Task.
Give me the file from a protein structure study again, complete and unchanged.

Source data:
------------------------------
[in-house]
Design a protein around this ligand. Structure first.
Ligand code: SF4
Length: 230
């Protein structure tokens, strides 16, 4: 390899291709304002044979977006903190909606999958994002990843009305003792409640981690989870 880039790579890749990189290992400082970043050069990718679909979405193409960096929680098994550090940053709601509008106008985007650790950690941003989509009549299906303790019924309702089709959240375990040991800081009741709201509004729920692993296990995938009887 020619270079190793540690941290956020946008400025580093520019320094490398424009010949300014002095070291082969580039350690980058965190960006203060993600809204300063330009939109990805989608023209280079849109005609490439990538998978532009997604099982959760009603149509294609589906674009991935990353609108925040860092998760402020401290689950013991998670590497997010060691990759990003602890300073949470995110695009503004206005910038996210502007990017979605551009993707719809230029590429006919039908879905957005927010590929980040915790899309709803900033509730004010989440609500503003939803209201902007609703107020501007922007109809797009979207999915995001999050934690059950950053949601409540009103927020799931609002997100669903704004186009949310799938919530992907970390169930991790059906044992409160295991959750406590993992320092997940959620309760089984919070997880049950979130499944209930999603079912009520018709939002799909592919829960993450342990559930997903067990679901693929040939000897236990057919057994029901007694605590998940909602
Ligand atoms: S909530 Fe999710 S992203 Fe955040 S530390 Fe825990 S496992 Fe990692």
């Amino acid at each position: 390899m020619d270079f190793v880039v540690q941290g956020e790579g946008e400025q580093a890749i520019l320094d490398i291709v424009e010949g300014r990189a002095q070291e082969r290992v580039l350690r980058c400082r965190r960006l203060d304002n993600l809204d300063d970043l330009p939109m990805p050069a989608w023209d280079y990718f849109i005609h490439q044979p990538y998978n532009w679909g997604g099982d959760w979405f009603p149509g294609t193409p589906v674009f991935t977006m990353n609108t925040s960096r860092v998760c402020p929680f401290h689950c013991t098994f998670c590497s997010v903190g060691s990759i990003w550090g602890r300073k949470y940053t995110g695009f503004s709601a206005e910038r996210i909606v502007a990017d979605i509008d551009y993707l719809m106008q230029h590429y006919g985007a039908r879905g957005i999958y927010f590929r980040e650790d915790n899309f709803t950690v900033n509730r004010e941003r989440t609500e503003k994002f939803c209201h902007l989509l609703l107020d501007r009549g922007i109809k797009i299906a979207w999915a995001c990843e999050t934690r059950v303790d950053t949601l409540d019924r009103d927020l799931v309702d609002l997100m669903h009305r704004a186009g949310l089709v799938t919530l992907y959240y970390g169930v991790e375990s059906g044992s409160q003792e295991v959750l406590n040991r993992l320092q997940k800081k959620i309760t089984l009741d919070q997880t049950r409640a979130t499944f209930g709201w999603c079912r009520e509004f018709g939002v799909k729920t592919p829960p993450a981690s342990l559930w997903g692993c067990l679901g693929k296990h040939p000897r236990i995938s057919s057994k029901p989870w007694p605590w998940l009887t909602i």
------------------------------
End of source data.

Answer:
[in-house]
Design a protein around this ligand. Structure first.
Ligand code: SF4
Length: 230
């Protein structure tokens, strides 16, 4: 390899291709304002044979977006903190909606999958994002990843009305003792409640981690989870 880039790579890749990189290992400082970043050069990718679909979405193409960096929680098994550090940053709601509008106008985007650790950690941003989509009549299906303790019924309702089709959240375990040991800081009741709201509004729920692993296990995938009887 020619270079190793540690941290956020946008400025580093520019320094490398424009010949300014002095070291082969580039350690980058965190960006203060993600809204300063330009939109990805989608023209280079849109005609490439990538998978532009997604099982959760009603149509294609589906674009991935990353609108925040860092998760402020401290689950013991998670590497997010060691990759990003602890300073949470995110695009503004206005910038996210502007990017979605551009993707719809230029590429006919039908879905957005927010590929980040915790899309709803900033509730004010989440609500503003939803209201902007609703107020501007922007109809797009979207999915995001999050934690059950950053949601409540009103927020799931609002997100669903704004186009949310799938919530992907970390169930991790059906044992409160295991959750406590993992320092997940959620309760089984919070997880049950979130499944209930999603079912009520018709939002799909592919829960993450342990559930997903067990679901693929040939000897236990057919057994029901007694605590998940909602
Ligand atoms: S909530 Fe999710 S992203 Fe955040 S530390 Fe825990 S496992 Fe990692």
């Amino acid at each position: 390899m020619d270079f190793v880039v540690q941290g956020e790579g946008e400025q580093a890749i520019l320094d490398i291709v424009e010949g300014r990189a002095q070291e082969r290992v580039l350690r980058c400082r965190r960006l203060d304002n993600l809204d300063d970043l330009p939109m990805p050069a989608w023209d280079y990718f849109i005609h490439q044979p990538y998978n532009w679909g997604g099982d959760w979405f009603p149509g294609t193409p589906v674009f991935t977006m990353n609108t925040s960096r860092v998760c402020p929680f401290h689950c013991t098994f998670c590497s997010v903190g060691s990759i990003w550090g602890r300073k949470y940053t995110g695009f503004s709601a206005e910038r996210i909606v502007a990017d979605i509008d551009y993707l719809m106008q230029h590429y006919g985007a039908r879905g957005i999958y927010f590929r980040e650790d915790n899309f709803t950690v900033n509730r004010e941003r989440t609500e503003k994002f939803c209201h902007l989509l609703l107020d501007r009549g922007i109809k797009i299906a979207w999915a995001c990843e999050t934690r059950v303790d950053t949601l409540d019924r009103d927020l799931v309702d609002l997100m669903h009305r704004a186009g949310l089709v799938t919530l992907y959240y970390g169930v991790e375990s059906g044992s409160q003792e295991v959750l406590n040991r993992l320092q997940k800081k959620i309760t089984l009741d919070q997880t049950r409640a979130t499944f209930g709201w999603c079912r009520e509004f018709g939002v799909k729920t592919p829960p993450a981690s342990l559930w997903g692993c067990l679901g693929k296990h040939p000897r236990i995938s057919s057994k029901p989870w007694p605590w998940l009887t909602i």